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That was the term used by many as an insult to Catholics. It was not as though no one else ever ate fish, but no one else had the practice of eating fish as a part of their faith. It is the way that Catholics used to be known: they practiced a faith where God could touch every part of their lives (even what they eat on a certain day of the week). In fact, historically speaking, next to black people, Catholics endured the most prejudiced attacks in these USA (especially by the KKK).

Our forefathers were called "fisheaters" and they mostly did not mind. It would be like being called "Mass attenders" today. It was a part of their faith and they were not ashamed. We have fallen a long way. Today, most Catholics I meet think that there is no obligatory Friday abstinence outside of Lent (if this shocked you, please continue reading). Years ago, the Bishops in America gave permission for Catholics to choose another abstinence besides meat if they wished. The communication of this fact went poorly. It came across as "you don't have to abstain from meat on Fridays" and nothing more. Few Catholics knew that they had to choose an alternate if they did not want to continue to abstain from meat.

So, if you do not currently abstain from something every Friday of the year (except solemnities), then you need to start yesterday. It is a grave sin to refuse to do so (no other way to put it). Thus, here is my push for the traditional abstinence of meat. With the fact that so few Catholics have any idea that they are supposed to be abstaining on Fridays, it is a helpful example to educate them by doing something that is noticeable. After all, it is easy to hide it if you abstain from wearing orange or playing tennis on Fridays (plus, things like that have nothing directly related to our faith). Yet, if you abstain from meat (beef, pork, chicken, turkey, etc.) and have fish instead, it is obvious, especially if you are in the workplace. It is also obvious in the home because you have to re-plan your menu for every meal that day.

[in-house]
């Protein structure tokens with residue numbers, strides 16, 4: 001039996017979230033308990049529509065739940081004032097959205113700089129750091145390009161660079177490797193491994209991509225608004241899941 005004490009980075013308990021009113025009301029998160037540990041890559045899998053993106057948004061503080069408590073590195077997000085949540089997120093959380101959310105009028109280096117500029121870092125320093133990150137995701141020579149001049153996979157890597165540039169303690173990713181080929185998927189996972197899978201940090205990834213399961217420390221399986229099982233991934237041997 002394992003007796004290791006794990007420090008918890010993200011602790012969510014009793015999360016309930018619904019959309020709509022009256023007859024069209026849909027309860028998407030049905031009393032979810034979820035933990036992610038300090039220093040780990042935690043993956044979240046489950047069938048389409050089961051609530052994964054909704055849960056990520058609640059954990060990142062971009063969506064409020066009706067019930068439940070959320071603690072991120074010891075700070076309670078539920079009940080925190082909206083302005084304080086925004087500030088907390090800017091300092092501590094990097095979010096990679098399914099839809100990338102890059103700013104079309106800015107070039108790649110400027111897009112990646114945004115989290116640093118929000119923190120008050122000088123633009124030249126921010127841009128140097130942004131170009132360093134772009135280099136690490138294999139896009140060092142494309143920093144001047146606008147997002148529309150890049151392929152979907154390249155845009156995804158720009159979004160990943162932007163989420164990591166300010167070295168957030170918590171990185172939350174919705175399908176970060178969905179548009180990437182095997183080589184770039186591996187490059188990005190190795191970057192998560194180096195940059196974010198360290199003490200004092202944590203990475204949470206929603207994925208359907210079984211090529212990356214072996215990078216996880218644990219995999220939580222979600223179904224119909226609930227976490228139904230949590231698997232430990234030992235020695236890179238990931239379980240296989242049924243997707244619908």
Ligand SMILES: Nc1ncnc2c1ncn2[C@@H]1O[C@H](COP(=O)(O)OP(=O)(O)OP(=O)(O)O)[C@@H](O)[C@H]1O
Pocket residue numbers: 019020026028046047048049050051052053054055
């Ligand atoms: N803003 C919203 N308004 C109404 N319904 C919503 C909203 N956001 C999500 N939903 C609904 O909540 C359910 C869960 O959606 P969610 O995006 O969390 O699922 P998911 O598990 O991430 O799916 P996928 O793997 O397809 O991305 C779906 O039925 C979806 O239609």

This is also a great example to the world (along the lines of "let your deeds be seen by men so that they will glorify your Father in Heaven"). When you go out to eat with a non-catholic on a Friday, it often makes them ask something like, "why?" or maybe even, "you don't have to do that anymore, do you?" and you have the opportunity to explain the Catholic faith to them (even just a little). It says, "I take my faith seriously and live it out every day."

Thus, yes, you can still choose something to abstain from other than meat, but why would you want to? I hope it would not be because you prefer to hide your faith; that would not be good. If it is habit, then maybe you should create some new habits. If it is because you do not care, then there are even greater problems (and some of the Bishops in America have been talking about returning to required meat abstinence precisely because people are ignorant of what is required of them).

Finally, what do you do during Lent if you choose meat abstinence all year long? When the Church requires you to abstain from meat, and you are already doing so, then you take the rule that Jesus gave, "if men require you to go one mile, go two" and you choose another thing to abstain from (maybe even on every single day of Lent!). You never know, if you started living your faith like that, you very likely might change the world around you!


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